Leyte Province

Leyte ProvinceLeyte is considered the largest province in the Eastern Visayas Region and is one of the six provinces of Eastern Visayas Region. It is located in Central Philippines adjacent to Cebu. The province ranks eighth in size among larger islands in the Philippine Archipelago. It is situated in the island of Leyte and is the oldest province in the region. Leyte is strategically located in the Visayas region. It is bounded on the north by the Province of Biliran, by the San Juanico Strait and the island of Samar in the east, in the west by the Visayas and Ormoc Seas and in the south by Southern Leyte. The province is considered the regional center of the Eastern Visayas where the regional government offices are located and the provincial capital, Tacloban City, is situated. The capital site of Leyte changed several times before Tacloban City became the permanent capital in 1787. The first capital was Carigara, then successively, Palo and Tanauan.

Leyte has a colorful history. Leyteños like to point out of that their forebears were among the first to welcome the Spaniards but later against all odds they were also among the first to resist them when they found out that their rights were at stake and being trampled upon by the Spanish colonizers. Nationalism was strong then and still is very dynamic in the province these days.

In 1521, Magellan sailed from the island of Homonhon, Eastern Samar to the island of Limasawa, Leyte, entered into a blood compact with Rajah Kolambu. On Eastern Sunday, March 31, of that year, was celebrated the First Mass in the Philippines. Some historical researchers, however, are now disputing this.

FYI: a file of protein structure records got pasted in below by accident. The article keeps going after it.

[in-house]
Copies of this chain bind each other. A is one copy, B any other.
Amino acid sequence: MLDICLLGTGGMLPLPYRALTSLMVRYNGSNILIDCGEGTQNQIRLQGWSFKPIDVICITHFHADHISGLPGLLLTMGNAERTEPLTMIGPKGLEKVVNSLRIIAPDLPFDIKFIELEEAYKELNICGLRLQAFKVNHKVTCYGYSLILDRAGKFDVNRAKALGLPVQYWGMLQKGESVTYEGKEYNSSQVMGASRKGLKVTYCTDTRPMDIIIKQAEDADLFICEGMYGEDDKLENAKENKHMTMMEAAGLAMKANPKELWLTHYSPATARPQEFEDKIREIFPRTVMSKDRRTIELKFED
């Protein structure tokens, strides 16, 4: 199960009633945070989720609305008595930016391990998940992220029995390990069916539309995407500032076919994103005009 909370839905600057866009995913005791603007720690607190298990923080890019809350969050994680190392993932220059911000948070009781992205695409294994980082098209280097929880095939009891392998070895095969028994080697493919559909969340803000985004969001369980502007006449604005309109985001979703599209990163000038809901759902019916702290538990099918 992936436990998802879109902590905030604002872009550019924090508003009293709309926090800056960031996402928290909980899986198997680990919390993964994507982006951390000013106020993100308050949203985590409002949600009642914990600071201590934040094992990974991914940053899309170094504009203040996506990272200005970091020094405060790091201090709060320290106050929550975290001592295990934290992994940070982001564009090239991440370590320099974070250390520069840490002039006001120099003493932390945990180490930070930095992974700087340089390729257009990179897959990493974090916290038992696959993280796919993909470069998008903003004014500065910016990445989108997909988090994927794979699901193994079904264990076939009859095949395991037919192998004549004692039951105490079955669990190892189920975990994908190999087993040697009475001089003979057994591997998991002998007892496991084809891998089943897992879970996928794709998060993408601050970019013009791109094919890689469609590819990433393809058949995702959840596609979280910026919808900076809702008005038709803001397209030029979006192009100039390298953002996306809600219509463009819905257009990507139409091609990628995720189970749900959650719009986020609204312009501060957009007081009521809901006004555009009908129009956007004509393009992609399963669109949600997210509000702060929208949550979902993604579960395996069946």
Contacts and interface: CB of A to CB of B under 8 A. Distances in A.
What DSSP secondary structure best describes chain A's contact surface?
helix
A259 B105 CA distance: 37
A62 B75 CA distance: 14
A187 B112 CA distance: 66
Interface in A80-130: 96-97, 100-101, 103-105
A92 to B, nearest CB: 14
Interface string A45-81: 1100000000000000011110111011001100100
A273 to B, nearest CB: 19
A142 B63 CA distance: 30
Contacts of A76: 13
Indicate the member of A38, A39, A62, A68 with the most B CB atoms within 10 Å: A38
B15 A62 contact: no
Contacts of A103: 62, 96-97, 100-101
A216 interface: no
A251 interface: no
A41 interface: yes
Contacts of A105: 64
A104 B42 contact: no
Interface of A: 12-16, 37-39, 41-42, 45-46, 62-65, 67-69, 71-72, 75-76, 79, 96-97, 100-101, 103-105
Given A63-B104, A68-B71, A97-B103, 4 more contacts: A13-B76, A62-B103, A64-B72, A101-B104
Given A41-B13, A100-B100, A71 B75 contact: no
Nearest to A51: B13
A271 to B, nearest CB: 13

The next century witnessed a religious uprising lead by Bancao, the Limasawa chief, and his high priest, Pagail. The revolt began in Carigara and spread to neighboring towns before it was quelled. 27 years after the 1622 uprising, another revolt hit Leyte – an offshoot of the Sumoroy rebellion then simmering in Samar. And in the center of the disturbances, the village of Bacor, rebels burned the church and its convent.

By 1768, Leyte, now separated from Samar, became a politico-military province. The set up continued until the end of Spanish rule, when Gen. Vicente Lukban took over Leyte and Samar in the name of the Revolutionary Government.

It was World War II, which placed Leyte on the world map. On October 20, 1944, General Douglas MacArthur, the head of the largest US fleet of transport and warships, and  accompanied by Commonwealth President Sergio Osmeña and Gen Carlos P. Romulo, landed on Palo, Leyte to reclaim the Philippines from the Japanese. The capital site of Leyte changed several times before Tacloban City became the permanent capital in 1787.

The civil government under the Americans was organized on April 22, 1901. The Americans at once saw the need for a road network linking the eastern and western parts of the islands separated by mountain range and culturally by two distinct dialects: the Lineyte-Samarnon or Waray-Waray and Cebuano. The road was formally inaugurated on April 5, 6 and 7, 1937. The Second World War hit the Philippines in 1941; the Japanese occupation followed. Col. Ruperto Kangleon organized a guerilla organization that harassed the Japanese forces in Leyte. In 1944 Leyte became world-famous as the point of entry for the American forces of liberation.

During the liberation, the province was placed prominently on the world map. General Douglas MacArthur, head of the largest United States fleet of transport and warships, accompanied by Commonwealth President Sergio Osmena and Carlos P. Romulo, landed in Palo, Leyte to reclaim the country from the Japanese forces. A historical marker in Palo marks the spot in Leyte where General Douglas MacArthur and his army landed on October 20, 1944.

From October 23, 1944 to February 27, 1945, Tacloban became the temporary seat of the Philippine Commonwealth.  On May 22, 1959, by virtue of Republic Act No. 2227, the island province was divided into Leyte and Southern Leyte. Years later, on May 11, 1992, the sub-province of Biliran was converted into a regular province. The original Leyte Province was again trimmed down by 8 municipalities.

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